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Elementor Migration: Our story on resolving migration issues in Elementor

In 2022, we had an interesting case at Tyche Softwares, we were trying to upgrade our live website to a complete Elementor-based website. Because we wanted to focus on fixing bugs and working on new features on our various plugins for our customers, we decided to contract out the theme development for the new website (among a host of other things) to a Theme Developer.

The transformation wasn’t as smooth as we expected. We went through a roller coaster ride in this process and faced new challenges that most of us won’t even think about during the website revamp process. So we decided to share our experience on migrating our website to Elementor.

The staging

Our live website is designed with WordPress. ( what else would it be? 😉 )

In order to proceed with the new design process, we thought it would be ideal to clone a copy of the live website into a staging environment. We thereafter made that staging available to the Theme Developer.

The staging site was a clone of the live website. So, as the Theme Developer was working on the staging site and making Elementor-related changes, we were also making updates to the live website, especially in the aspect of new customer creation, new posts, updated posts, payments, etc.

Yep, your guess is as good as mine – by the time the Theme Developer has concluded his Elementor updates for the new website design, we would need to do some sort of migration.

A short rundown of our live website

The primary function of our website is to showcase the plugins we develop and handle payments, subscriptions, and renewals of our Pro plugins. In the process of these functions, an array of database operations like insertion of new records, updating of records, deleting of records, etc., are carried out. These operations cause a lot of tables in the database to be changed.

The problem

In the process of designing the new theme and updating post content, the Theme Developer caused a lot of changes in the database.

The Elementor library used to design the new theme with a solid front-end interface created a lot of complex database operations in the back end in order to facilitate the new front-end look.

At the end of the new website design, what happened is we had separate copies of the website with different database contents.

Elementor Migration: Our story on resolving migration issues in Elementor - Tyche Softwares

The staging site, which the Theme Developer had been working on had updated database contents related to the Elementor changes while the live website which was running on the live domain, had updated database contents majorly associated with the Easy Digital Download Plugin ( EDD ) (plugin which we have used to sell digital copies of our plugins).

The WordPress problem

In WordPress, a number of tables are used to store information related to its components as well as plugins. One such example is the wp_posts table which is used to store content-related data, as well as wp_postmeta which stores the meta information of the corresponding posts in wp_posts. Because we have been using the EDD plugin to process payments, subscriptions, and renewals for our customers on the live website, a number of additions have been made to the database for the wp_posts and wp_posmeta database tables.

For each subscription, renewal, or purchase, WordPress inserts records in the wp_posts and wp_postmeta tables. So also in the case of the Staging site ( where the Theme Developer was working ), the Elementor templates, content, and theme settings also resulted in additions to the wp_posts, wp_postmeta, and a number of other database tables ( I’ll talk about them shortly ).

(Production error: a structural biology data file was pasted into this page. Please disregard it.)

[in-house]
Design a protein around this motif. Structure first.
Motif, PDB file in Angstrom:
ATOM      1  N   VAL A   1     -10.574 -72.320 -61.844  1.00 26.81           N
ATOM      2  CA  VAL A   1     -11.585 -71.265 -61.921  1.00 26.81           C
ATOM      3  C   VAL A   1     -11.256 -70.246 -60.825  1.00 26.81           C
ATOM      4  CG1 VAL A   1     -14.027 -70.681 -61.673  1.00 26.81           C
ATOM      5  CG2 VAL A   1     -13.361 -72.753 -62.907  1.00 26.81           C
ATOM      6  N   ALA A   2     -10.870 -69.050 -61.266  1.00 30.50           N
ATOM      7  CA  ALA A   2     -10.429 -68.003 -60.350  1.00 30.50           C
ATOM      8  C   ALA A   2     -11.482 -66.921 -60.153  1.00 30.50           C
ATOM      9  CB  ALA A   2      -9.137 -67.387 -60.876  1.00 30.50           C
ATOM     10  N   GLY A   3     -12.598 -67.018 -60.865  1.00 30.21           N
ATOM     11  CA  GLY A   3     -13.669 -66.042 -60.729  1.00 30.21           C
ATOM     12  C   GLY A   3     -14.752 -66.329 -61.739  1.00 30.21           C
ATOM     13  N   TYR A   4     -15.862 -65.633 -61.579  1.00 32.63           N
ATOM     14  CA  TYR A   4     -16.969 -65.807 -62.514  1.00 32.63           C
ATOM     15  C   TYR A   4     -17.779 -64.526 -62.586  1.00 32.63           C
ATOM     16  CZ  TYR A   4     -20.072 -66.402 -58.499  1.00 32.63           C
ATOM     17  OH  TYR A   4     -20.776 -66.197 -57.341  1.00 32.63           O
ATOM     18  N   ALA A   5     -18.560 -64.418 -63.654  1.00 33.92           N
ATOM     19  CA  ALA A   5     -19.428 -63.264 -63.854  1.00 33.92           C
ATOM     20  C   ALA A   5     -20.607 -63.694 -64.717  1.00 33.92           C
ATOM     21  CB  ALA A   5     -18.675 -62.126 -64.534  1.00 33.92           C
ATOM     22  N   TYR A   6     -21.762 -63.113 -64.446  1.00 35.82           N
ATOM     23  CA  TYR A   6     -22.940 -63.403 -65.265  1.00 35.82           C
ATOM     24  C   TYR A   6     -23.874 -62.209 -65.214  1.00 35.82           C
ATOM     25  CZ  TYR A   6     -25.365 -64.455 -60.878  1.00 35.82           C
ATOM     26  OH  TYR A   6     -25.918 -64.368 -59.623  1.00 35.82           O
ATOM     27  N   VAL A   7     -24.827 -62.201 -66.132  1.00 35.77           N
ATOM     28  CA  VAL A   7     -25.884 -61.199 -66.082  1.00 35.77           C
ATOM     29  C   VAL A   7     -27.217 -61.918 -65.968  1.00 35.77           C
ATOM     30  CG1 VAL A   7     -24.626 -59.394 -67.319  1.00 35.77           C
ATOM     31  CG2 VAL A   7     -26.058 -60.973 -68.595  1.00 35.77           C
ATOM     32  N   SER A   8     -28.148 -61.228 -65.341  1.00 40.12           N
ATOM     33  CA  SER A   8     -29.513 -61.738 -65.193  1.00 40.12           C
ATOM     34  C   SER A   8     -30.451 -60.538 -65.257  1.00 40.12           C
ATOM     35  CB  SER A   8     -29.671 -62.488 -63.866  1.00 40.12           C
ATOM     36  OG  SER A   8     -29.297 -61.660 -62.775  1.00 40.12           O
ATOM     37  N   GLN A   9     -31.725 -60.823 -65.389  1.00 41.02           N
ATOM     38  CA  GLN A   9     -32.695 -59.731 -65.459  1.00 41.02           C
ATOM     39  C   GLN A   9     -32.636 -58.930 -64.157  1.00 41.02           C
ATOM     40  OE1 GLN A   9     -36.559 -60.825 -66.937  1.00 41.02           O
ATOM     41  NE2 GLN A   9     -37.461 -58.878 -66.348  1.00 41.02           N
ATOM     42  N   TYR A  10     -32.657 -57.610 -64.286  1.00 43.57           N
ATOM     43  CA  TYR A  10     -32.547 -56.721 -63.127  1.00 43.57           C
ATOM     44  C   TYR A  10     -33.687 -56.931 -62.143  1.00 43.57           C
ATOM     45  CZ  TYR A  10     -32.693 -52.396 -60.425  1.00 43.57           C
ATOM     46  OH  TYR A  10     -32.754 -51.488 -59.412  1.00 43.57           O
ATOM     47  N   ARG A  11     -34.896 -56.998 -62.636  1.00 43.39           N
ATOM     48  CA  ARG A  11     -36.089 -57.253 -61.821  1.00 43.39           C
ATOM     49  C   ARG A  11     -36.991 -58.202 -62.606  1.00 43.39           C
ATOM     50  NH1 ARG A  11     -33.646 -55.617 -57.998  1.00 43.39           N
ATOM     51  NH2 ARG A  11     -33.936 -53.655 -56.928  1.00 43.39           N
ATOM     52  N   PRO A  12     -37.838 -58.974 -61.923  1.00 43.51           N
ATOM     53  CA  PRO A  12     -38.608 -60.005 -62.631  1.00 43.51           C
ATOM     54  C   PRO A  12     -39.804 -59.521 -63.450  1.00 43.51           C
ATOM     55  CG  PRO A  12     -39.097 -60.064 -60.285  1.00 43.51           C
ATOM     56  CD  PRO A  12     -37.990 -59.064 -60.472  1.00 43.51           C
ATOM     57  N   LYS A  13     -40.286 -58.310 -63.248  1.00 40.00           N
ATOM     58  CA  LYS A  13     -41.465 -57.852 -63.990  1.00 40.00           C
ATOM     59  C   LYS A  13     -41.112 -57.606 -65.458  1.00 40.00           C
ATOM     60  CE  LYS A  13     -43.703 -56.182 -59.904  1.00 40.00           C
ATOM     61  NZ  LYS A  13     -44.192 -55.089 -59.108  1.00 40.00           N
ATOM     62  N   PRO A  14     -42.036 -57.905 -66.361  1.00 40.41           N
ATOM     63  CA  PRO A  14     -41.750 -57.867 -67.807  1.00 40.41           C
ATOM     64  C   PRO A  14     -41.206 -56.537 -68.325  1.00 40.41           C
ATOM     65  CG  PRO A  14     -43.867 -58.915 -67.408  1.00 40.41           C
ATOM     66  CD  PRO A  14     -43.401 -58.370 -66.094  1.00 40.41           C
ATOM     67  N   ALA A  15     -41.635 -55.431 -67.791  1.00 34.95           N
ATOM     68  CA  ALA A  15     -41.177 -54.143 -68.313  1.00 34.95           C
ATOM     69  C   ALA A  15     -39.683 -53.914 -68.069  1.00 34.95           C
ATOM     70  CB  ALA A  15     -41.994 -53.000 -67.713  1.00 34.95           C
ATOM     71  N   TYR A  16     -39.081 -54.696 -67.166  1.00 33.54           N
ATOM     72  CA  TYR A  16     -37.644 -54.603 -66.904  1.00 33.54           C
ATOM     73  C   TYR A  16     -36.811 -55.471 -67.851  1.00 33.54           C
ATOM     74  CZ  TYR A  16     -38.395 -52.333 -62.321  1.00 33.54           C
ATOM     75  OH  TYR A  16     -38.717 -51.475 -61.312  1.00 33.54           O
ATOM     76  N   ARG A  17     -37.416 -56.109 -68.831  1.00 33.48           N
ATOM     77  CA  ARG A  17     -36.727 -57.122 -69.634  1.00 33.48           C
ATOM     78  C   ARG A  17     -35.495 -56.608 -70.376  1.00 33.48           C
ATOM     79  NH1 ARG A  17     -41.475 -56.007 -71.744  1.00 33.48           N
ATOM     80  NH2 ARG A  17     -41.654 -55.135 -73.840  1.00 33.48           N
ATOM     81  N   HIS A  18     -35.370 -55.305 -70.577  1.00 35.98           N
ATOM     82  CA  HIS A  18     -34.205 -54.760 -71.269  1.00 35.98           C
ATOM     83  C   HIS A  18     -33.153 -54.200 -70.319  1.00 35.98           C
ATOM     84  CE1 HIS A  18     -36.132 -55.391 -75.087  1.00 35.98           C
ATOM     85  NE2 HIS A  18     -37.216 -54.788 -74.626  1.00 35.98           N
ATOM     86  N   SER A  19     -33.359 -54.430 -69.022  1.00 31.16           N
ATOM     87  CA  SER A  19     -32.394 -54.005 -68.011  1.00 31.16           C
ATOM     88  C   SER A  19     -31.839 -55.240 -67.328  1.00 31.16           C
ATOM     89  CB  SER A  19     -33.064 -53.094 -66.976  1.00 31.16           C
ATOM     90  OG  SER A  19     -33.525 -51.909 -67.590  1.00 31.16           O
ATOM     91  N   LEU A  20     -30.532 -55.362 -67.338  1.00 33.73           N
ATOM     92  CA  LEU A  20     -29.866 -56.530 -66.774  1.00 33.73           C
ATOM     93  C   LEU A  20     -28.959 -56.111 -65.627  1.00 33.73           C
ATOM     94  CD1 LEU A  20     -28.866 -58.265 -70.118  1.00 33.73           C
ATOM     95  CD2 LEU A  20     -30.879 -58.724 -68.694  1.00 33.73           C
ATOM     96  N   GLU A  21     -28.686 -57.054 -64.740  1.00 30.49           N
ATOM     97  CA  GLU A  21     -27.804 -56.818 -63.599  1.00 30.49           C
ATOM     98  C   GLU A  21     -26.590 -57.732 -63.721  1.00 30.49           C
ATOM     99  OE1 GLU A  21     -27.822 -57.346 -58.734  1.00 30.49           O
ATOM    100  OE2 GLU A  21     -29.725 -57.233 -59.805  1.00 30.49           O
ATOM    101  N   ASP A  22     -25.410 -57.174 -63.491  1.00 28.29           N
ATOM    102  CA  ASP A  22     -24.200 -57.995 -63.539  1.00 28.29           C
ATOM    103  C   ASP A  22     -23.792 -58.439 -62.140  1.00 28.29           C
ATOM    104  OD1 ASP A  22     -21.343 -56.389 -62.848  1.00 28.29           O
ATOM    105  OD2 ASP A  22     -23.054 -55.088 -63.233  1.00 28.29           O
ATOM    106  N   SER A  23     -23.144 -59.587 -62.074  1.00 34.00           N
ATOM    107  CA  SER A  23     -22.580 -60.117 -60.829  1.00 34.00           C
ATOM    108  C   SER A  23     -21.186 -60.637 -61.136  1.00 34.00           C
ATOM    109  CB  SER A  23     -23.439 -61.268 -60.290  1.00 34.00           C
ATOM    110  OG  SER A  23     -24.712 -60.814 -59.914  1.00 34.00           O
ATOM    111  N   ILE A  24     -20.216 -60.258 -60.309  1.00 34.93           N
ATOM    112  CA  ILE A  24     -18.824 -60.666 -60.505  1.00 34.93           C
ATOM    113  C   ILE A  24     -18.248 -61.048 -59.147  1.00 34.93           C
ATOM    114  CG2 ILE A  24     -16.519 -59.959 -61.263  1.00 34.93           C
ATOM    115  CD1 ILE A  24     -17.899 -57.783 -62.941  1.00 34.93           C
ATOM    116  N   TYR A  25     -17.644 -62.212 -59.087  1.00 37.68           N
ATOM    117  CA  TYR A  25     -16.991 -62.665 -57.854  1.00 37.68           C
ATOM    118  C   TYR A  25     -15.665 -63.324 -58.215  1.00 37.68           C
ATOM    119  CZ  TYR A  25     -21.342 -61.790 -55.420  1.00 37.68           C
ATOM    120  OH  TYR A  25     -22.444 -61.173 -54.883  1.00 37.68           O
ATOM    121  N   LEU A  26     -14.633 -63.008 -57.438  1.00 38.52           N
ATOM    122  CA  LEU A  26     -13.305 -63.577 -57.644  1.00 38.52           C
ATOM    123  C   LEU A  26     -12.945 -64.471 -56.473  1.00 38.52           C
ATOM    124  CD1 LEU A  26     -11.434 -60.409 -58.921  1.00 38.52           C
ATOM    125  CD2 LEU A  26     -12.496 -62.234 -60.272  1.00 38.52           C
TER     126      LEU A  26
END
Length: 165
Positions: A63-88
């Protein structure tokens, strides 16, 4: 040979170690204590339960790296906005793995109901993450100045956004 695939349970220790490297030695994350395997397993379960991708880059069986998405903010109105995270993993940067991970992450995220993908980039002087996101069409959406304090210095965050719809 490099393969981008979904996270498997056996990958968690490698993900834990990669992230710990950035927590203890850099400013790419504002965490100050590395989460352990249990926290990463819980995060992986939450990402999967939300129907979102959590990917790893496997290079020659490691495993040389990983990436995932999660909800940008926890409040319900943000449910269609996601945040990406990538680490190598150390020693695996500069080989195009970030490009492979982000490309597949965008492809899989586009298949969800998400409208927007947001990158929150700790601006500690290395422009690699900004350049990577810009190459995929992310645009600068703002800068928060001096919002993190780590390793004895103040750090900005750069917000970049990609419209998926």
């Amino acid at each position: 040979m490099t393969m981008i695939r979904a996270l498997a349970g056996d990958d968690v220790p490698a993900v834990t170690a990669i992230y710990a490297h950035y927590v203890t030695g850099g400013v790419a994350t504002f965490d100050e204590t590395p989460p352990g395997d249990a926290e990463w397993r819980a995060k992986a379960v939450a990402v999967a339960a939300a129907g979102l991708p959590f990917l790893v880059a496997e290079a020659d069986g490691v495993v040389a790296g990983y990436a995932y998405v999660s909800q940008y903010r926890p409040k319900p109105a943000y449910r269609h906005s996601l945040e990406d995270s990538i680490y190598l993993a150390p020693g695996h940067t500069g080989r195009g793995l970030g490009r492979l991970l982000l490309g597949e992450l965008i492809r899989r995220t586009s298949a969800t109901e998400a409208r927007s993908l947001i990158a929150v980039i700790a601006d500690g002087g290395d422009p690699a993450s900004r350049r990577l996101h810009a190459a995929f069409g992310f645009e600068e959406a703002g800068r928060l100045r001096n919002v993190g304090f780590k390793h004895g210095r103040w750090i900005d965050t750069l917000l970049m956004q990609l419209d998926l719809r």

Due to this, when we tried to merge the staging site ( where the Theme Developer had worked on the new theme ) with the live website, we encountered a number of issues:

  1. There were disparities between the wp_posts and wp_postmeta tables for both sites.
  2. In addition to Point 1, there were other tables that had disparities, such as the wp_terms, wp_termmeta, and wp_options tables.

The migration problem

Based on the above issues, we assumed that since these tables had some level of disparity, the quick solution would be to do a migration.

Since the new theme that was developed was working on the staging site, our first idea was to migrate the live website to the staging website and effectively convert the staging site to a live website.

However, with this plan, we anticipated the following setbacks:

Setback 1

In trying to migrate the wp_posts and wp_postmeta data from the live website to the staging site, the IDs of the corresponding data in the tables would have to change when migrated. This is because some data in the staging server would already have the same ID as some other data on the live website. In essence, while migrating that data to the staging site, the IDs would have to be updated.

Since the WordPress table uses the auto-increment function, it then implies that the new ID would be an increment of the last generated ID on the database table. While this may not seem to be an issue at a quick glance, it turned out to be a huge setback because the EDD plugin stores subscriptions, payments, and renewals in the wp_posts table, and the ID is sent to the payment gateway ( in our case Stripe ). The Stripe payment gateway uses the ID to detect the record to update on the WP site when a subscription or renewal has been made outside WP. Ultimately, this means that Stripe would possess the old ID while the staging site would have a different ID, and that will cause an anomaly in Stripe payment actions.

Setback 2

There were no WordPress plugins that had a specific use case for syncing Elementor-related migration data from one site to another cloned one. Rather, what we had were migration plugins that were suited to copy/move data.

From the above setbacks, it became obvious that the following were going to have to apply:

  1. Instead of moving the payments and EDD-related data from the live site to the staging site, we would rather move the staging data ( Elementor-related data ) from the staging to the live website. This way, we are sure that the EDD-related data remains intact – yes, we were more concerned about our customer experience and purchase flow.